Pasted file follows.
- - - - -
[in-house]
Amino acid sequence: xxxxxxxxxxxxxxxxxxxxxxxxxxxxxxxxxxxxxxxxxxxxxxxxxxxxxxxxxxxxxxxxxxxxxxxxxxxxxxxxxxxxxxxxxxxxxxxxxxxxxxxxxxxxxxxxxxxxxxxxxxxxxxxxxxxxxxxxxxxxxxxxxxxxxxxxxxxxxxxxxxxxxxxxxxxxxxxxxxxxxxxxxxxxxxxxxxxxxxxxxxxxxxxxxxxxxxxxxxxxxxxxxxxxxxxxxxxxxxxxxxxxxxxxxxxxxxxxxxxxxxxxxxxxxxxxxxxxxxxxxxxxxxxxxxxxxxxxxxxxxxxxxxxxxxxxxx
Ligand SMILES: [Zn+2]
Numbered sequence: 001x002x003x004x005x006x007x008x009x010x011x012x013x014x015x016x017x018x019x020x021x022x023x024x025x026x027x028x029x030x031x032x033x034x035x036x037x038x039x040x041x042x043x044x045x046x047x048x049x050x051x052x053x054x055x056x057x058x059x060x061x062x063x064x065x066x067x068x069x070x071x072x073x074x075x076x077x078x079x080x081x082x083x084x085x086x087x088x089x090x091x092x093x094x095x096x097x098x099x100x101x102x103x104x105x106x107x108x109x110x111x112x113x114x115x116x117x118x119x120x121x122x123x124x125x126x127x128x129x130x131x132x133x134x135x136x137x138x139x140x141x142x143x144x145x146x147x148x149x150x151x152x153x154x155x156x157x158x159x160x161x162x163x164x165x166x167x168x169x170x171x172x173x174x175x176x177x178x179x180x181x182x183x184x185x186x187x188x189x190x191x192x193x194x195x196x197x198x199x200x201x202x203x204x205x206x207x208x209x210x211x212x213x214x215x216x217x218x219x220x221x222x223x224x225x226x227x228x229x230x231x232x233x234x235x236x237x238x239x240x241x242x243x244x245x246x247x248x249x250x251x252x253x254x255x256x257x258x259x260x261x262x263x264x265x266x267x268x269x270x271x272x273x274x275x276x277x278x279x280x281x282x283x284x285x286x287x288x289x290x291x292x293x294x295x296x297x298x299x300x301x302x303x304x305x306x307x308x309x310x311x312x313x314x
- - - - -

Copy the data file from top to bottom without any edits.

[in-house]
Amino acid sequence: xxxxxxxxxxxxxxxxxxxxxxxxxxxxxxxxxxxxxxxxxxxxxxxxxxxxxxxxxxxxxxxxxxxxxxxxxxxxxxxxxxxxxxxxxxxxxxxxxxxxxxxxxxxxxxxxxxxxxxxxxxxxxxxxxxxxxxxxxxxxxxxxxxxxxxxxxxxxxxxxxxxxxxxxxxxxxxxxxxxxxxxxxxxxxxxxxxxxxxxxxxxxxxxxxxxxxxxxxxxxxxxxxxxxxxxxxxxxxxxxxxxxxxxxxxxxxxxxxxxxxxxxxxxxxxxxxxxxxxxxxxxxxxxxxxxxxxxxxxxxxxxxxxxxxxxxxx
Ligand SMILES: [Zn+2]
Numbered sequence: 001x002x003x004x005x006x007x008x009x010x011x012x013x014x015x016x017x018x019x020x021x022x023x024x025x026x027x028x029x030x031x032x033x034x035x036x037x038x039x040x041x042x043x044x045x046x047x048x049x050x051x052x053x054x055x056x057x058x059x060x061x062x063x064x065x066x067x068x069x070x071x072x073x074x075x076x077x078x079x080x081x082x083x084x085x086x087x088x089x090x091x092x093x094x095x096x097x098x099x100x101x102x103x104x105x106x107x108x109x110x111x112x113x114x115x116x117x118x119x120x121x122x123x124x125x126x127x128x129x130x131x132x133x134x135x136x137x138x139x140x141x142x143x144x145x146x147x148x149x150x151x152x153x154x155x156x157x158x159x160x161x162x163x164x165x166x167x168x169x170x171x172x173x174x175x176x177x178x179x180x181x182x183x184x185x186x187x188x189x190x191x192x193x194x195x196x197x198x199x200x201x202x203x204x205x206x207x208x209x210x211x212x213x214x215x216x217x218x219x220x221x222x223x224x225x226x227x228x229x230x231x232x233x234x235x236x237x238x239x240x241x242x243x244x245x246x247x248x249x250x251x252x253x254x255x256x257x258x259x260x261x262x263x264x265x266x267x268x269x270x271x272x273x274x275x276x277x278x279x280x281x282x283x284x285x286x287x288x289x290x291x292x293x294x295x296x297x298x299x300x301x302x303x304x305x306x307x308x309x310x311x312x313x314x